Sec. of State Ruth Johnson announced two proposals to help prevent fraud


Secretary of State Ruth Johnson -- in the wake of recent felony charges stemming from the fake Tea Party scheme she helped expose in Michigan last year -- has announced two proposals designed to prevent fraud in regard to establishing new political parties.

“Election integrity is sacred  — it is the foundation of democracy,” said Johnson, Michigan's chief elections officer. “We need to make sure the people and political parties we see on the ballot are who they say they are. Efforts to deceive voters rob every legitimate voter and put our liberties and freedoms at risk.”

A group calling themselves The Tea Party sought political party status last year, but it was not affiliated with legitimate Tea Party organizations. The effort was denounced by true Tea Party leaders as an effort to manipulate the election process.

Johnson, then Oakland County Clerk, requested a criminal investigation after her office discovered questionable candidate filings for the so-called Tea Party as well as apparently forged signatures and at least one "candidate" who lived out of state and said he had never filed to run for political office.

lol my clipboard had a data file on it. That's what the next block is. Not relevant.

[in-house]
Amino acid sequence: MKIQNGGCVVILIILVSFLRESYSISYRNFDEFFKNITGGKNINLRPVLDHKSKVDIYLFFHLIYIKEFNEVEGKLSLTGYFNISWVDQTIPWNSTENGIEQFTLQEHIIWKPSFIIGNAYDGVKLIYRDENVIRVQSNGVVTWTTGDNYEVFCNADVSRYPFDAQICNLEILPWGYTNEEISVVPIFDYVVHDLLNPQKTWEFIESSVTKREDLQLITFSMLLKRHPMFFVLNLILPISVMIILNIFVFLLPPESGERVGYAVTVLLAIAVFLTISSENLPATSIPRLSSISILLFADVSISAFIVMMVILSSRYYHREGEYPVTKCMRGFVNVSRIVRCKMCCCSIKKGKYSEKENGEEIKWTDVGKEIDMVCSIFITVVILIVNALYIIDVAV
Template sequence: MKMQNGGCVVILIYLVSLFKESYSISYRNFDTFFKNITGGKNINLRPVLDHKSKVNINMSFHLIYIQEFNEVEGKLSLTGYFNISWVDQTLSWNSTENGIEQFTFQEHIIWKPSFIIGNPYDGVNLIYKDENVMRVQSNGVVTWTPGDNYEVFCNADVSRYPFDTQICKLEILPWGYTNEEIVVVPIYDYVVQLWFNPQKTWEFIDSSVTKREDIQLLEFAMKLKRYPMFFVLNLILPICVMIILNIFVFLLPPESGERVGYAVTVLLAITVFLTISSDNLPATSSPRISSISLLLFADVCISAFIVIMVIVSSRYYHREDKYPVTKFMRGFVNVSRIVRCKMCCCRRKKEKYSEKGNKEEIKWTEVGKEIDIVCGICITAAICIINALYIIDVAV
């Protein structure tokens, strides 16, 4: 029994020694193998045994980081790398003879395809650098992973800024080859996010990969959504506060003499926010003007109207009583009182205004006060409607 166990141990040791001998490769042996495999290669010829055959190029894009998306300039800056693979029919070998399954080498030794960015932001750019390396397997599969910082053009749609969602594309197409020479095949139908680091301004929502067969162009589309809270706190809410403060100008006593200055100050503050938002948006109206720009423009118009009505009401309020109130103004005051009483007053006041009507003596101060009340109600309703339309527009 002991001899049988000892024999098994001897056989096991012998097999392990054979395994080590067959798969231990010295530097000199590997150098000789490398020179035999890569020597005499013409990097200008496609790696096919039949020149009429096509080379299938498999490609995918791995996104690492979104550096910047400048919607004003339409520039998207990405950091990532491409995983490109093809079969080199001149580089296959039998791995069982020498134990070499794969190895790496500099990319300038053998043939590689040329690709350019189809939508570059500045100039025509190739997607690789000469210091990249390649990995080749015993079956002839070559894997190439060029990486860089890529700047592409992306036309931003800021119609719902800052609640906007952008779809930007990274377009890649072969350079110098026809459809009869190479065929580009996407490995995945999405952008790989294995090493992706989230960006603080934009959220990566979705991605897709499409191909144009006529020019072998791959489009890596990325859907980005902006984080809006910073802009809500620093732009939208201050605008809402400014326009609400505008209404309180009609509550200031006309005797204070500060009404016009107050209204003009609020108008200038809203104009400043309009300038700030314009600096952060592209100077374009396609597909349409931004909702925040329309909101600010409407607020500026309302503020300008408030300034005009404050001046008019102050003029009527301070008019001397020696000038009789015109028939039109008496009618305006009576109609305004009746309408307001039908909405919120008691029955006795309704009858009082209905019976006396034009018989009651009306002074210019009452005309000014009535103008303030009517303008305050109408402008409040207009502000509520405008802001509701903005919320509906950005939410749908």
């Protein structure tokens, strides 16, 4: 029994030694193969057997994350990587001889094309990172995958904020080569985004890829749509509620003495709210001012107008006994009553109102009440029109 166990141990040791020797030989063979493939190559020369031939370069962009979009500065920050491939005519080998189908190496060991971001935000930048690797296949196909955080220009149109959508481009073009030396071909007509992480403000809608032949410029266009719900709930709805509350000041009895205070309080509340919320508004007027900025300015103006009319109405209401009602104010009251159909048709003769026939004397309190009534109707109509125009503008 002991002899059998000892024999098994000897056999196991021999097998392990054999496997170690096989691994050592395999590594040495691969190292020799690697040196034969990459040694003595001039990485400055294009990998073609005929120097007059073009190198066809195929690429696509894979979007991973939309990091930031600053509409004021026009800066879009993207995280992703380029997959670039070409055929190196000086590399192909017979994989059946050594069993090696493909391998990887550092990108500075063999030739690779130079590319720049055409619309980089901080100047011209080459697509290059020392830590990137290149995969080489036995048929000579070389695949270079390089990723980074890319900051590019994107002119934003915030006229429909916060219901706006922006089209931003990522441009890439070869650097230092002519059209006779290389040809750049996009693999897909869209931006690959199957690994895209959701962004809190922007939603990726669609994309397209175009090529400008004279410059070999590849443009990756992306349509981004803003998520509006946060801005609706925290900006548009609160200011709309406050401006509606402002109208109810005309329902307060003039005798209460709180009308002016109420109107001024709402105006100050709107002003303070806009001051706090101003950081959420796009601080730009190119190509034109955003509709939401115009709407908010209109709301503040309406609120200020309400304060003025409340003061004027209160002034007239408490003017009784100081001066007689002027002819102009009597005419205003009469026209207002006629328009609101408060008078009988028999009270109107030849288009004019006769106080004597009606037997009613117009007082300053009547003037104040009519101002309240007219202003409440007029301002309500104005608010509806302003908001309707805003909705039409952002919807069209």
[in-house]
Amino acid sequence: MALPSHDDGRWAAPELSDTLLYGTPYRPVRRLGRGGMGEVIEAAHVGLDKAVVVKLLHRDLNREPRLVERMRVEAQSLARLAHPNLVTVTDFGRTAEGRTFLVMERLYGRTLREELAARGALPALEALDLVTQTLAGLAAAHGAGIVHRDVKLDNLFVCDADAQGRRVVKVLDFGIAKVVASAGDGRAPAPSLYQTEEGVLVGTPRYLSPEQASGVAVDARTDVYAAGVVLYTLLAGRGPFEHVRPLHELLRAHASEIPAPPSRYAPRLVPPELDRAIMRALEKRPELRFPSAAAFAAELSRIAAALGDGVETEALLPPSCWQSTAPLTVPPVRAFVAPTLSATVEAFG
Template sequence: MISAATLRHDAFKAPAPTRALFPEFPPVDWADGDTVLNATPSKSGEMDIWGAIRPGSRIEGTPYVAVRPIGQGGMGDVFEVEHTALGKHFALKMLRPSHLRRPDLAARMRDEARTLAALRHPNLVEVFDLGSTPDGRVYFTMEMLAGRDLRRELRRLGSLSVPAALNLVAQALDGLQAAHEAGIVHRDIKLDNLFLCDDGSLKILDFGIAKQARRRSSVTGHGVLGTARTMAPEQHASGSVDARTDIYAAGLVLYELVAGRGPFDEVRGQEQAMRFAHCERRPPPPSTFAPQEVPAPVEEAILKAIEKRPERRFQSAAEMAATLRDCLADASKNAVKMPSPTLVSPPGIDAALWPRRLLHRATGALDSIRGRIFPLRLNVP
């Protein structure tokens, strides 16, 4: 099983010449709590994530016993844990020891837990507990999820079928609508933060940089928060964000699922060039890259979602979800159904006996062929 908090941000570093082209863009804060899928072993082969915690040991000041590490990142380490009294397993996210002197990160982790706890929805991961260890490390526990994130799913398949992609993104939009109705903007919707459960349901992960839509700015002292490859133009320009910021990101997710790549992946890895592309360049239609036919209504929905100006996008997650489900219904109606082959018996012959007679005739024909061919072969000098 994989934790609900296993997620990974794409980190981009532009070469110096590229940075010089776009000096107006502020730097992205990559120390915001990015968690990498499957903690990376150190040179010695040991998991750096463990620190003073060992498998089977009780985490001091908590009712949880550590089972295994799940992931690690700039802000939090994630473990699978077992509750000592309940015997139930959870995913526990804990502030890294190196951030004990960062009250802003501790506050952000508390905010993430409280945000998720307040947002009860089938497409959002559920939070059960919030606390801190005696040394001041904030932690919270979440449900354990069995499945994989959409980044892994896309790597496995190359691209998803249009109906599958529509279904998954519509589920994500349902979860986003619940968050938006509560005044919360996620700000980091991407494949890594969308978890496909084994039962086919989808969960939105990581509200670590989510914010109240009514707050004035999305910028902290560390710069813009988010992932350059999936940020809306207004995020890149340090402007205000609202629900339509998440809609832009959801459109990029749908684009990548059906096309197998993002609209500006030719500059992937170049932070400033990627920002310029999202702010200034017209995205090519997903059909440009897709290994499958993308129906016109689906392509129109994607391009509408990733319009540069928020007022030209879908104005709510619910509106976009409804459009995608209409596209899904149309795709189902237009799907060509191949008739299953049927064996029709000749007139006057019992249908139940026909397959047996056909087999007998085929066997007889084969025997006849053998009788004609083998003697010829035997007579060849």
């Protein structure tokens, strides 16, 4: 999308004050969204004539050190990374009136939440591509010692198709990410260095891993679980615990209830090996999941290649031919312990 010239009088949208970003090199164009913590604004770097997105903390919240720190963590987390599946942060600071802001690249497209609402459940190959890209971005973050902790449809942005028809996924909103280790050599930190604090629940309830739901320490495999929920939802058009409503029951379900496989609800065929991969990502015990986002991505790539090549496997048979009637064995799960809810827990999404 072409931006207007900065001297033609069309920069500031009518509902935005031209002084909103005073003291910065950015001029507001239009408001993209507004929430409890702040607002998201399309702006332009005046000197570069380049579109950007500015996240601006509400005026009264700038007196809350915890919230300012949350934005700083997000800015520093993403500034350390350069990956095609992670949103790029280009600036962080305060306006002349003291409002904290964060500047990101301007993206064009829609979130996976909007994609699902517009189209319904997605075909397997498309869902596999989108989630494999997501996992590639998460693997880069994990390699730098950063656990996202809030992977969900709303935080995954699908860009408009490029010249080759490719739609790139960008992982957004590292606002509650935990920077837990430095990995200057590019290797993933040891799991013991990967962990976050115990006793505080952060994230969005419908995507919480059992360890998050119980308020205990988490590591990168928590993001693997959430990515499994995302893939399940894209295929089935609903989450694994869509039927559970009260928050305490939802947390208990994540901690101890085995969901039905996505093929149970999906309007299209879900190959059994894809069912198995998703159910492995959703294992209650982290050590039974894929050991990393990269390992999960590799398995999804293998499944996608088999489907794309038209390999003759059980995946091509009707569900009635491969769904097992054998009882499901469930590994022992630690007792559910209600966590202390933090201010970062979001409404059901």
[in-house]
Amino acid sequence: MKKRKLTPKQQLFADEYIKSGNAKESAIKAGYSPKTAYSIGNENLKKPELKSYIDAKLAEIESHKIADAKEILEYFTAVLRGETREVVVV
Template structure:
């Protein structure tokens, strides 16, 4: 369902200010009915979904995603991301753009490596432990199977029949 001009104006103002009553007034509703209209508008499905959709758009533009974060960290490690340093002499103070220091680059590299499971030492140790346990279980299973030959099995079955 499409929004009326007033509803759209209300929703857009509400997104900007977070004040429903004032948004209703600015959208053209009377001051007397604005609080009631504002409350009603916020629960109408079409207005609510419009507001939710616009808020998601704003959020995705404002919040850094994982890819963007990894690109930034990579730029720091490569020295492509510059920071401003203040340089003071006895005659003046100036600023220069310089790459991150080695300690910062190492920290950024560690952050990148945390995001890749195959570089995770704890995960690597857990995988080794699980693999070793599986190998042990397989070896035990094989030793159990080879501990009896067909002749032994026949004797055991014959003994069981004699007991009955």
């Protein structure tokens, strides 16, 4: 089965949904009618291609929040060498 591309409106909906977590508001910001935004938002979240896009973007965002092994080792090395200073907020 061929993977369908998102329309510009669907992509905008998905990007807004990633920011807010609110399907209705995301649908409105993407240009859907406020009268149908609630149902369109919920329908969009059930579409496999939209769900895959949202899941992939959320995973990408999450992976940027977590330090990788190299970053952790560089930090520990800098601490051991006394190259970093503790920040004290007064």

A grand jury convened in Oakland County to investigate allegations of election fraud handed down felony charges last week against two former Oakland County Democratic party leaders. The indictment says the men forged candidates' signatures on affidavit of identity forms and falsely swore under oath to qualify them to run.

Johnson is proposing two political party qualification reforms to prevent this type of deception in the future. In her first proposal, she would require disclosure of petition circulation activities as part of the campaign finance process for qualifying a newly-created political party.

“This transparency will allow all Michigan citizens to follow the money and see who is behind a new political party,” Johnson said. Current law only requires fi-

nancial disclosure for election of a candidate, or qualification, passage or defeat of ballot question.

In the second proposal, she would require public notice to be filed prior to the holding of a convention for a minor political party. The states of Washington and Oregon already require notification of a minor party's upcoming political convention in a newspaper at least 10 days prior to that convention. "We do not need to reinvent the wheel to achieve transparency," Johnson said. "We need to institute best practices from across our nation to insure election integrity."

On April 19, Secretary of State Ruth Johnson will hold a State of the Secretary of State's Office address in which she will further outline a comprehensive set of major initiatives involving voter integrity, campaign finance and election reform.

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